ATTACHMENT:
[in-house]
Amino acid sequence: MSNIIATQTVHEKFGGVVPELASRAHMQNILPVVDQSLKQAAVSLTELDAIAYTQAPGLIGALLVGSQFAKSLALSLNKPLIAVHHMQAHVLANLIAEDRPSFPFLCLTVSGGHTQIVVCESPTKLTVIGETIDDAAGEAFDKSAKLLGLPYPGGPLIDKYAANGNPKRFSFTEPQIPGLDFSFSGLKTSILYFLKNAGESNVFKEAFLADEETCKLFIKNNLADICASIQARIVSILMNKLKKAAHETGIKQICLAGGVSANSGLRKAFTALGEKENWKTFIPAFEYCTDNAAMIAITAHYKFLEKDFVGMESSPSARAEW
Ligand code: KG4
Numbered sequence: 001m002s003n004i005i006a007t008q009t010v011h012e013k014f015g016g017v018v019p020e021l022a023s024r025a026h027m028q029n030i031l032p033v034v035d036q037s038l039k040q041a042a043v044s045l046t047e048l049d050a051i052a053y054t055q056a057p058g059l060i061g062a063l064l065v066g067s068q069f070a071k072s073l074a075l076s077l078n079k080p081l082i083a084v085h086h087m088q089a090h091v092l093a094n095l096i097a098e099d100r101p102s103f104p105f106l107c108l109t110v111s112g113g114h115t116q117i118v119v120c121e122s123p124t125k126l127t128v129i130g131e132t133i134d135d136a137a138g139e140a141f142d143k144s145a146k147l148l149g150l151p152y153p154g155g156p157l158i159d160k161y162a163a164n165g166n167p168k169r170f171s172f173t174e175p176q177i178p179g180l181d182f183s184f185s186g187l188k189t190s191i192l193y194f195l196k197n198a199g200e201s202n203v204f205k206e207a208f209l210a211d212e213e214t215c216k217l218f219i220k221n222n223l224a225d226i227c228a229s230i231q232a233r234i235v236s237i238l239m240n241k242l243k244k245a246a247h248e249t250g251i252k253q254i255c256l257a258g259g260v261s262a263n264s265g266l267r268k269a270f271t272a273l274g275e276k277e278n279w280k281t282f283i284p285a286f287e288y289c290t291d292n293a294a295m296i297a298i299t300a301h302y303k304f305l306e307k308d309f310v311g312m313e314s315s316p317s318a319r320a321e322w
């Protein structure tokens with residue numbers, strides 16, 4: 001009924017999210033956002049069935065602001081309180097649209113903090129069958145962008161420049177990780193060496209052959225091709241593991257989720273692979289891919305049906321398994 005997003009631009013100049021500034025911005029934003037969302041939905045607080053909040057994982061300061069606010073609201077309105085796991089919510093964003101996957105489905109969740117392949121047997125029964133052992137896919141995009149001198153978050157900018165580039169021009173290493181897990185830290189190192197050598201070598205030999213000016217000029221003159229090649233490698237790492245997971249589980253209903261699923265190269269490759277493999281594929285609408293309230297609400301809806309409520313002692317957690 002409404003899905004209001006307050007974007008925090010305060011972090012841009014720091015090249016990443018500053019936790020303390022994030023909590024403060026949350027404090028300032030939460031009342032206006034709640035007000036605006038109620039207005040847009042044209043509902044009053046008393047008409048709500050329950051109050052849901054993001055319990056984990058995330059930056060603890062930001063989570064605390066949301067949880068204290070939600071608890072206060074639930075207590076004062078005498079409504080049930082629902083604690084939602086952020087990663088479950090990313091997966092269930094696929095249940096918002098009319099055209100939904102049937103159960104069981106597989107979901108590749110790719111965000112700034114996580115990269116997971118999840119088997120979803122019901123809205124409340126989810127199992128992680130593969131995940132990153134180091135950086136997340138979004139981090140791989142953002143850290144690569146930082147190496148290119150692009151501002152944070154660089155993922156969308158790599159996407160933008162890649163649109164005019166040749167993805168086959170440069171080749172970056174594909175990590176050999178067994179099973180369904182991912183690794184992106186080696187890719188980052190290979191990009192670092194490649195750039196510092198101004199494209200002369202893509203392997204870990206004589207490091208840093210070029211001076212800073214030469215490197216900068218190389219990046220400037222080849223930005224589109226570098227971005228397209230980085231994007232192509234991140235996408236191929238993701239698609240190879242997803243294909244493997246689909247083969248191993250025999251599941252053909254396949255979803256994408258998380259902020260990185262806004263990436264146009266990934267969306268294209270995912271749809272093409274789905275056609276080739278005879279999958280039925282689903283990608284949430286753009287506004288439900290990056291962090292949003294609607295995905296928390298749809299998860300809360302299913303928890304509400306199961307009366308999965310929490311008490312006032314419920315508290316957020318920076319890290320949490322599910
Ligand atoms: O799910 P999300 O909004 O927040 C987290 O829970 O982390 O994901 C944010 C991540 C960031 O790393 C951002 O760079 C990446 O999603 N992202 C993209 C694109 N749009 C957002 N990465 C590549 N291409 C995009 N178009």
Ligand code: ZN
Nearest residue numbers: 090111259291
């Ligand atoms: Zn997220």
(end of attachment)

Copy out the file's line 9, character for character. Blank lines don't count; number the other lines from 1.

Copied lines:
């Ligand atoms: Zn997220």